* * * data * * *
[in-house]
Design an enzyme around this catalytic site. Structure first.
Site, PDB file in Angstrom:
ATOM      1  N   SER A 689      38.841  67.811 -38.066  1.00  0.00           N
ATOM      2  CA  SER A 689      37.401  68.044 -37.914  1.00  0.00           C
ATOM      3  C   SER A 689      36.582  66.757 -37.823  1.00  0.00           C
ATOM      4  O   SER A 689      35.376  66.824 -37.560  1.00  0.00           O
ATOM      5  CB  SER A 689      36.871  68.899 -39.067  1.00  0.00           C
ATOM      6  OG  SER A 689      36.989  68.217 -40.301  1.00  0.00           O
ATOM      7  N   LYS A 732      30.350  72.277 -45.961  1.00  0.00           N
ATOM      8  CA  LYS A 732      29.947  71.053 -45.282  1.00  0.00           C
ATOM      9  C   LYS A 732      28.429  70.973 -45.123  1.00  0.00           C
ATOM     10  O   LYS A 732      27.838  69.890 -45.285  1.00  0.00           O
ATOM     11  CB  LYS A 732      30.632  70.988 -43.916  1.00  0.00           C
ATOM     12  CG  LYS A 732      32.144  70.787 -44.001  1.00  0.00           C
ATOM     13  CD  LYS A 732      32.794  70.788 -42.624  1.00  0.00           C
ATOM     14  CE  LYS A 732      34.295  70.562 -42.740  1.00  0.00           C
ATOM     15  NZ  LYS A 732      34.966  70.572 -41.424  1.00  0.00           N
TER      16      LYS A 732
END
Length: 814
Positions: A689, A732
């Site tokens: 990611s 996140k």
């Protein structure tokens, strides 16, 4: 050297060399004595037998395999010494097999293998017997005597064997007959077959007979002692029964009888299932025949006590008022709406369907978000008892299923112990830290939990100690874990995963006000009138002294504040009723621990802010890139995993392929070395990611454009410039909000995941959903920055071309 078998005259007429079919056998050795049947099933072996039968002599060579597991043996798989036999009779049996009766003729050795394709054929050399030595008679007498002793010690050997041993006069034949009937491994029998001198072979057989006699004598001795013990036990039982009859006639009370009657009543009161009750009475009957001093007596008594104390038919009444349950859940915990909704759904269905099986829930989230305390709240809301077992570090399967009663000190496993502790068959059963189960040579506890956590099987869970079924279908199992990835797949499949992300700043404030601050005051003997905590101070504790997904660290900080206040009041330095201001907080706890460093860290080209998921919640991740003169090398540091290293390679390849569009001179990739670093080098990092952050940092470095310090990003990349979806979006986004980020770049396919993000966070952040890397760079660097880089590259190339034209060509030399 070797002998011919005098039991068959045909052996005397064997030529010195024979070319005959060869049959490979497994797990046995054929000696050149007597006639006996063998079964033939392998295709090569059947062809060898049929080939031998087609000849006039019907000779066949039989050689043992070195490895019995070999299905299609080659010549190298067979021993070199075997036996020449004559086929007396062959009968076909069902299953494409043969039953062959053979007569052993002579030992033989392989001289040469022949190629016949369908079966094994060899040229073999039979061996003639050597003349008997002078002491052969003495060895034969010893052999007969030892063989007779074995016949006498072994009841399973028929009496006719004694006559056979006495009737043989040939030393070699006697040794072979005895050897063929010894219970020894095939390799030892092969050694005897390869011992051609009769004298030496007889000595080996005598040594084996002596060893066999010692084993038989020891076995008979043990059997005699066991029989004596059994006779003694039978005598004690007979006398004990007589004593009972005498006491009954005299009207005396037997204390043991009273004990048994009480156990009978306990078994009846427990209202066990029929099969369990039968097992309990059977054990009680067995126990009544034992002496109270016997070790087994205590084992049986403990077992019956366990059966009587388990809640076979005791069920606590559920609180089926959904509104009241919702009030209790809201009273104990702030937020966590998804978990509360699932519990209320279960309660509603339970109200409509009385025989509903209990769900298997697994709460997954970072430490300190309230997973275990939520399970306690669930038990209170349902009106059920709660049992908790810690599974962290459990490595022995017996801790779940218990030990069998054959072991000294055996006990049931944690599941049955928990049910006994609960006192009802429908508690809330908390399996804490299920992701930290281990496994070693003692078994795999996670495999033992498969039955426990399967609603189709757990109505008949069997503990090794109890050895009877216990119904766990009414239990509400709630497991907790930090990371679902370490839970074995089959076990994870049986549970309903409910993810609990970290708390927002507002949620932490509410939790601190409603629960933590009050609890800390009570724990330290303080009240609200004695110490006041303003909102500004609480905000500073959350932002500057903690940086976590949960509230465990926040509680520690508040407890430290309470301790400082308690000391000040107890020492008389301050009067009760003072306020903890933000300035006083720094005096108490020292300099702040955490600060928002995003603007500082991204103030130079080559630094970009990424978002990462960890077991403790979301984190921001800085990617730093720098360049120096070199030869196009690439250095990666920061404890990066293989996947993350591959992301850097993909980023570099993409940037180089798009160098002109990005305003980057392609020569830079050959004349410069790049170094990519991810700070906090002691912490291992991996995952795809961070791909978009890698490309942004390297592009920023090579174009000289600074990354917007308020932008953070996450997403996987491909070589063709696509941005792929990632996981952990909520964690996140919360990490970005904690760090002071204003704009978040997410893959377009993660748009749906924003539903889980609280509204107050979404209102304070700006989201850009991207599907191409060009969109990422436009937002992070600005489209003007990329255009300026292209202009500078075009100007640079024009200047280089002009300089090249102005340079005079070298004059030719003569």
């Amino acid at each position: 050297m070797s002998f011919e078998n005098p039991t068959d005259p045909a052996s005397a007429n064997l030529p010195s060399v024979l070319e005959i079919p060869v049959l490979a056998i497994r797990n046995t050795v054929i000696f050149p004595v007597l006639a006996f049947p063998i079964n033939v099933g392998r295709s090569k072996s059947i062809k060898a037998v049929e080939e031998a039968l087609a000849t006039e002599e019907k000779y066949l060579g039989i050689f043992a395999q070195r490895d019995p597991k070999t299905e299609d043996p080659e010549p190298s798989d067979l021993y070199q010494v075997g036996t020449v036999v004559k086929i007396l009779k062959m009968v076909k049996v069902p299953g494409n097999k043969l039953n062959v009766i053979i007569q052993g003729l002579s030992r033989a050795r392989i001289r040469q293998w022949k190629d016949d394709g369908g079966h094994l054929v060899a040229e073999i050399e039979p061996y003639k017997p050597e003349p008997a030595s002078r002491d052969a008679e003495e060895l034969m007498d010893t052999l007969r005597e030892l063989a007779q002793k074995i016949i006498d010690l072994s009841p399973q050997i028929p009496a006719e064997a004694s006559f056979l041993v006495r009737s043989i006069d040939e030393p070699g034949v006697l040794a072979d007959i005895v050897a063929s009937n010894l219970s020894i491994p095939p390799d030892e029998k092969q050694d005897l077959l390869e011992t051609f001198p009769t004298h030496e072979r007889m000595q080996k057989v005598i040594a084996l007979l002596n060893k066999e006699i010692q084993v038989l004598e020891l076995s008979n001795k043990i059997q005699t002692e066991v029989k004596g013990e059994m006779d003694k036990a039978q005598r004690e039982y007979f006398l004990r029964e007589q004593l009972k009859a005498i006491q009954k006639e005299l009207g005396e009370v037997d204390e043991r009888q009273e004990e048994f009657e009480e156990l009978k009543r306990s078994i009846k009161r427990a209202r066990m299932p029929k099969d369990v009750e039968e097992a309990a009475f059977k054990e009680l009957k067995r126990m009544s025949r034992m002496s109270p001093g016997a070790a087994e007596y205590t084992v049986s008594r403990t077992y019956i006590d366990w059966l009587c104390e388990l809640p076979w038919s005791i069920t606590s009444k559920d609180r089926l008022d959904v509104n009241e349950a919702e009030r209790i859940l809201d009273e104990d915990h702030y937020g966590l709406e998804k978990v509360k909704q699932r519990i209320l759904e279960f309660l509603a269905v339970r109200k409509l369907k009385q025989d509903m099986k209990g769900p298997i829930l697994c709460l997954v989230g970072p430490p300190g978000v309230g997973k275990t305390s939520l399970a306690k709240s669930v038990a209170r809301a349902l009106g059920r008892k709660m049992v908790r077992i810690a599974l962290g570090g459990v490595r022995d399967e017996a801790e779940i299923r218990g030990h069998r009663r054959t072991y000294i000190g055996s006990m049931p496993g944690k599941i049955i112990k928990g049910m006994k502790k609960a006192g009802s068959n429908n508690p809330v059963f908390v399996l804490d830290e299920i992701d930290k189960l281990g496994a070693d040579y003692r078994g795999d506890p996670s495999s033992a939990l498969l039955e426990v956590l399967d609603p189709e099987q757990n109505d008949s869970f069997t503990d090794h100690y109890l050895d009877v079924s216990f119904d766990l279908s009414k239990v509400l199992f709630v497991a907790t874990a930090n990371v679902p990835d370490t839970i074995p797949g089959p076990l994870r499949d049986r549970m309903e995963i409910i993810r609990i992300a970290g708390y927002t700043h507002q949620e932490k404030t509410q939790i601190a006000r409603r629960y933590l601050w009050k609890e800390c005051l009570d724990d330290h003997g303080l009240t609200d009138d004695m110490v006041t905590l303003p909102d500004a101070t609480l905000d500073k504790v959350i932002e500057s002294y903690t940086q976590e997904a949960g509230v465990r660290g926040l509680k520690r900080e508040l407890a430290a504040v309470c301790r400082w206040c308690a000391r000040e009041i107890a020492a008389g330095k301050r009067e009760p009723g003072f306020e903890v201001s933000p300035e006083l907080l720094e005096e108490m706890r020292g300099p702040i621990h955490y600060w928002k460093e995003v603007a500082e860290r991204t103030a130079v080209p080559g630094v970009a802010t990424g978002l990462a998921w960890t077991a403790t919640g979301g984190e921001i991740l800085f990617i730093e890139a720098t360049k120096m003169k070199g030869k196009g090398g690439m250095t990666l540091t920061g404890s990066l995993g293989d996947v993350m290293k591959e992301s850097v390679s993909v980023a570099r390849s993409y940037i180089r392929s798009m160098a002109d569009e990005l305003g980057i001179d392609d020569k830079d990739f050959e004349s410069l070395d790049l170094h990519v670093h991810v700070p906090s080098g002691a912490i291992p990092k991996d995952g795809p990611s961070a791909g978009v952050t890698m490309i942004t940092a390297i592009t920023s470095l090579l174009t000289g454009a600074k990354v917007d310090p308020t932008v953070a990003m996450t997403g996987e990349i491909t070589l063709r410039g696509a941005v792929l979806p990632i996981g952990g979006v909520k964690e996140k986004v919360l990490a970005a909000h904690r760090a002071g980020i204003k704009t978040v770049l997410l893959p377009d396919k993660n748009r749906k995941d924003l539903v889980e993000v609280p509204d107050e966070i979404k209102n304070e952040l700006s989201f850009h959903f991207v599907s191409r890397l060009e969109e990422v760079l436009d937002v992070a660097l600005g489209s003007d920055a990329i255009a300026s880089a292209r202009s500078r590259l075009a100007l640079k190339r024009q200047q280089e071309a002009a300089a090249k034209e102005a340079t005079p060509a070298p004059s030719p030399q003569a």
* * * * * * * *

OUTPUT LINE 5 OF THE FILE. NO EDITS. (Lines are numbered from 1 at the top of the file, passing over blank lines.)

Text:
ATOM      2  CA  SER A 689      37.401  68.044 -37.914  1.00  0.00           C